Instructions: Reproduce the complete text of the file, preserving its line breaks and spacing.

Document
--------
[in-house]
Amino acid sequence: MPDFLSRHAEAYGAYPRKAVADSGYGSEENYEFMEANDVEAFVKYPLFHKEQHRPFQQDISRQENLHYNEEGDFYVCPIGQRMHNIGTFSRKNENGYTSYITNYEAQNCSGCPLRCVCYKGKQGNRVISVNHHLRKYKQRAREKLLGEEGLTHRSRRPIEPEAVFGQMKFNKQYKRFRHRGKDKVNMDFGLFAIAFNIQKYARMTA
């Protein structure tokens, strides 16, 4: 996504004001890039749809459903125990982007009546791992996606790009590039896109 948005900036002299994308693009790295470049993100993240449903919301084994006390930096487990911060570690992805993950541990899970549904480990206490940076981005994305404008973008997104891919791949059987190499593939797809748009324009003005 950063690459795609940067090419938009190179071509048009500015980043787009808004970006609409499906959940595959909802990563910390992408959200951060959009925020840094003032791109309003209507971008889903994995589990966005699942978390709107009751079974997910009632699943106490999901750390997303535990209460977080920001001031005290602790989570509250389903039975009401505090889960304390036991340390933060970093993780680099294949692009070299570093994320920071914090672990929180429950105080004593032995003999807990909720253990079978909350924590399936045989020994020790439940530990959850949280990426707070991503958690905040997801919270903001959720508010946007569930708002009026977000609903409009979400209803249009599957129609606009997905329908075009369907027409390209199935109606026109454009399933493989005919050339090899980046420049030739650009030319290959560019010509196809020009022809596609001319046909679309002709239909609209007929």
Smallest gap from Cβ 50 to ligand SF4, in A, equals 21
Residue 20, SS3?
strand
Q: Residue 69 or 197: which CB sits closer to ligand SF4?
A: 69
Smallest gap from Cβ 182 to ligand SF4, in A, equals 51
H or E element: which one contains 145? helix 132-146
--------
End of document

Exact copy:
[in-house]
Amino acid sequence: MPDFLSRHAEAYGAYPRKAVADSGYGSEENYEFMEANDVEAFVKYPLFHKEQHRPFQQDISRQENLHYNEEGDFYVCPIGQRMHNIGTFSRKNENGYTSYITNYEAQNCSGCPLRCVCYKGKQGNRVISVNHHLRKYKQRAREKLLGEEGLTHRSRRPIEPEAVFGQMKFNKQYKRFRHRGKDKVNMDFGLFAIAFNIQKYARMTA
């Protein structure tokens, strides 16, 4: 996504004001890039749809459903125990982007009546791992996606790009590039896109 948005900036002299994308693009790295470049993100993240449903919301084994006390930096487990911060570690992805993950541990899970549904480990206490940076981005994305404008973008997104891919791949059987190499593939797809748009324009003005 950063690459795609940067090419938009190179071509048009500015980043787009808004970006609409499906959940595959909802990563910390992408959200951060959009925020840094003032791109309003209507971008889903994995589990966005699942978390709107009751079974997910009632699943106490999901750390997303535990209460977080920001001031005290602790989570509250389903039975009401505090889960304390036991340390933060970093993780680099294949692009070299570093994320920071914090672990929180429950105080004593032995003999807990909720253990079978909350924590399936045989020994020790439940530990959850949280990426707070991503958690905040997801919270903001959720508010946007569930708002009026977000609903409009979400209803249009599957129609606009997905329908075009369907027409390209199935109606026109454009399933493989005919050339090899980046420049030739650009030319290959560019010509196809020009022809596609001319046909679309002709239909609209007929």
Smallest gap from Cβ 50 to ligand SF4, in A, equals 21
Residue 20, SS3?
strand
Q: Residue 69 or 197: which CB sits closer to ligand SF4?
A: 69
Smallest gap from Cβ 182 to ligand SF4, in A, equals 51
H or E element: which one contains 145? helix 132-146